Business Information

Grow Your Business By Increasing The Number Of Times Customers Come Back

In the last issue we discussed the first of the 4 ways that you can grow a business – increasing the number of customers of the type you want to have. This month we discuss the second way, increasing the number of times customers come back to buy from you.

Chasing new customers versus encouraging repeat business

It's a simple fact of business – most companies are obsessed with getting new customers. They advertise, plead, bribe, bend over backwards and sometimes beg to get a new customer.

And after all that, once they get them, they ignore them. Think about this. It can cost up to 6 times more to win a new customer than it does to have an existing customer purchase again.

Why? Because you invested time and money to acquire that customer for the first sale, but every additional sale after that doesn’t involve any extra acquisition cost. So for every sale you make to an existing customer you actually keep more as profit. In other words, it’s a well recognized fact that retaining and having customers come back for more – and more – is the most profitable way to sell.

So how can you encourage repeat business?

Know your best customers and treat them well

One of the first ways to ensure repeat business is to classify your customer base into tiers according to how profitable they are. This can be as simple as categorising them as A, B, C and D customers. This classification process means that your ongoing communication and marketing approach will be more appropriate for each group. For example, your A customers are the ones you most want to keep working with, so you might invite just them to join a preferred customer club, or As and Bs would get special mailings and offers, etc. You could even go so far as to ask your D customers to go elsewhere, freeing up more time and energy for your preferred customers.

Provide awesome service

Creating a team commitment to service can impress your customers enough to keep them returning and referring others. The commitment could make certain promises of performance standards and could explain your business ethics and mission. These can make great unique core differentiators as well. Awesome service, like good telephone technique and selling technique, can actually be systemised so all the team knows what they are expected to do for a customer and just how far their authority extends in bending the rules. You can’t stop at saying you want your customers to be given awesome service – you need to train the team so they can deliver it consistently and effectively.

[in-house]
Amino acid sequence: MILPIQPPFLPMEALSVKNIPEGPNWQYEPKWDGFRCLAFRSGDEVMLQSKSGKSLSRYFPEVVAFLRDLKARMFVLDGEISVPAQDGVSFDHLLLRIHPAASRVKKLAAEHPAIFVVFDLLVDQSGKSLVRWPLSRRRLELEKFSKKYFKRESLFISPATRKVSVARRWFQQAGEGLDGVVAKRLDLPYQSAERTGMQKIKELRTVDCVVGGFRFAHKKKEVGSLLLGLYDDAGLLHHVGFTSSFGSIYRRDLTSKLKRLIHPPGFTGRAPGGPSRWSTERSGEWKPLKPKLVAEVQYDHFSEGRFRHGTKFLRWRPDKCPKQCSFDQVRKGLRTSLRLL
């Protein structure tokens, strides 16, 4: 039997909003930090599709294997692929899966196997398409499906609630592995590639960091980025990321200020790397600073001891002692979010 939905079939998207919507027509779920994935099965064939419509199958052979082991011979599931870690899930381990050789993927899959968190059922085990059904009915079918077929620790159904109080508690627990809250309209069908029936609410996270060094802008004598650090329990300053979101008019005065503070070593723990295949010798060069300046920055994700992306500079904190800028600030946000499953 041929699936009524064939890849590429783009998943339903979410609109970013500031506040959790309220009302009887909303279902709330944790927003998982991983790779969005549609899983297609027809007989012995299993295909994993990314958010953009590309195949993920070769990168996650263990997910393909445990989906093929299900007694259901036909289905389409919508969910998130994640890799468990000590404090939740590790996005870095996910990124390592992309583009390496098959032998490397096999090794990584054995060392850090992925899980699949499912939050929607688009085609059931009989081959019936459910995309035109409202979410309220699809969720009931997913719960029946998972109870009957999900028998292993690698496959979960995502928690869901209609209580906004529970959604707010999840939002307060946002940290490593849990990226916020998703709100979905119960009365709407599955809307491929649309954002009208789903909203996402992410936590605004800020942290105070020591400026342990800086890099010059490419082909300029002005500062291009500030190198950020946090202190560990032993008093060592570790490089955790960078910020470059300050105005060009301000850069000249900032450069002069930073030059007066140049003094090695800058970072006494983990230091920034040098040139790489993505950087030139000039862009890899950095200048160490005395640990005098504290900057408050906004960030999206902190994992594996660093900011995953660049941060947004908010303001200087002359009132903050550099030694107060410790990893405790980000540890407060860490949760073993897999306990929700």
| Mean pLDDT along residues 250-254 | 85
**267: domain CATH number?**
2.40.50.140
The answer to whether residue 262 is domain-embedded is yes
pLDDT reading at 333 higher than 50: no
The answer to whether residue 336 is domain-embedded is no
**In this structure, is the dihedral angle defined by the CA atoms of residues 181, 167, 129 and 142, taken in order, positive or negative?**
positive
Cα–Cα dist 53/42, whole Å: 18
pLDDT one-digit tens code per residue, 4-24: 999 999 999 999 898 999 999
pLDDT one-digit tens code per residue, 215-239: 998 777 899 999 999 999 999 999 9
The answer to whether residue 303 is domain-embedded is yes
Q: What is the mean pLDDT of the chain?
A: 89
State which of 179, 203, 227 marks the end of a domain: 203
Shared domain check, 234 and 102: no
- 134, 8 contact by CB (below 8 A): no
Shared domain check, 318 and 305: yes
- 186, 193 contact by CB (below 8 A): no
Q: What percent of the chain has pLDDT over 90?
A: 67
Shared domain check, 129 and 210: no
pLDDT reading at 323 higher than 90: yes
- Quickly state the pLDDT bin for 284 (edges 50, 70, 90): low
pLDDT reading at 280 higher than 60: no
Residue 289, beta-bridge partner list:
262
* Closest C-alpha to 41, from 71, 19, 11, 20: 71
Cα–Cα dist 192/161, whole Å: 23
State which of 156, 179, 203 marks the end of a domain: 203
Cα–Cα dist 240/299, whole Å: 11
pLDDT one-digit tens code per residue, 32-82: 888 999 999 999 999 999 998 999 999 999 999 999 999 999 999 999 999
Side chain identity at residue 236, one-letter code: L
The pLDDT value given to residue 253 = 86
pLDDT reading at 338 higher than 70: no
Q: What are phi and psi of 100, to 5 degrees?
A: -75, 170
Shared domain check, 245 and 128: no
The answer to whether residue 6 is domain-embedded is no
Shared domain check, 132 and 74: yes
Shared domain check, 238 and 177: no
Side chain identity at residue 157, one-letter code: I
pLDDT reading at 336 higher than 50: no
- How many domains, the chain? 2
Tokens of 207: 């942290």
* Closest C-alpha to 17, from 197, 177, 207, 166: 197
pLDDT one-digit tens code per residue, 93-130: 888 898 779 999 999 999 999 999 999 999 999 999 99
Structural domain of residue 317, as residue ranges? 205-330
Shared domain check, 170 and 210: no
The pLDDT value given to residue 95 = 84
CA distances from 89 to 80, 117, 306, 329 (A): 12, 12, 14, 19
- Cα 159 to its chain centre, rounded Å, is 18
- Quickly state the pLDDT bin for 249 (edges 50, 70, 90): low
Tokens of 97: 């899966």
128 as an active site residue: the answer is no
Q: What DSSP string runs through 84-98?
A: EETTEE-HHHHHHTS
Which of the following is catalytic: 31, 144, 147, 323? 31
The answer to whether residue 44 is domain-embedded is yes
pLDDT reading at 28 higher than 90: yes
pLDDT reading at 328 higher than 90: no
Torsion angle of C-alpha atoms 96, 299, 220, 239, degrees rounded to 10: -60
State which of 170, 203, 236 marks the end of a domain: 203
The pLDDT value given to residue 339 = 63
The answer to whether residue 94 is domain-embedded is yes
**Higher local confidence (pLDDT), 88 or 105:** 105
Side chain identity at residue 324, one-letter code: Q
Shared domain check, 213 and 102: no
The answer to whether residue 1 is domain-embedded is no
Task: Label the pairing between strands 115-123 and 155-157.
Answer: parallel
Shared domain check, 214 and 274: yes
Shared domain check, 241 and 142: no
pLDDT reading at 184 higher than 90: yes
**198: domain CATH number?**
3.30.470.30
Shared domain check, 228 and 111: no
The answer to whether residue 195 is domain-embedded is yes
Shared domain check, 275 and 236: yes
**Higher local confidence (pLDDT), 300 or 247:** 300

Nurture your customers

It’s important to nurture your relationships with your customer in the same way you would any other important relationship. Nurturing is the most cost effective way to make customers feel valued and motivated to keep purchasing from you. The more you stay in touch with them the more likely they are to remember you. Some effective nurturing strategies are:

  • Regular mailings to build on the relationship such as newsletters, offers, calendars, service reminders, thank you notes, special articles of interest, holiday cards
  • Establish a loyalty programme that rewards frequent purchasers

Use customer comment

Asking for feedback lets customers know that you are truly interested in them and their opinion – something other businesses just may not bother with. And the feedback you get can be extremely valuable for your strategic planning.

Follow-up calls just to make sure they are happy with their purchase or to get in with some damage control if they are not; satisfaction surveys; customer advisory boards – all can be very useful in encouraging repeat business.

When you do make the effort to gather feedback, and the customer has made the effort to give it to you, don’t waste it. Use the information to continually improve the way you do business, and let customers know that their suggestions are being used. At Business Roadmap we can show you how to include development of customer loyalty into your business plan.


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Business Roadmap provides practical business advice for small to medium sized businesses that are trying to overcome problems, or are trying to achieve their vision and full potential. Visit the Business Roadmap website for further information.

Disclaimer: While every effort has been made to provide valuable, useful information, Blue Mountains Web Pty Ltd. (trading as Stralia Web), Business Roadmap Pty Ltd. and any related suppliers or associated companies accept no responsibility or any form of liability from reliance upon or use of its contents. Any suggestions should be considered carefully within your own particular circumstances, as they are intended as general information only.

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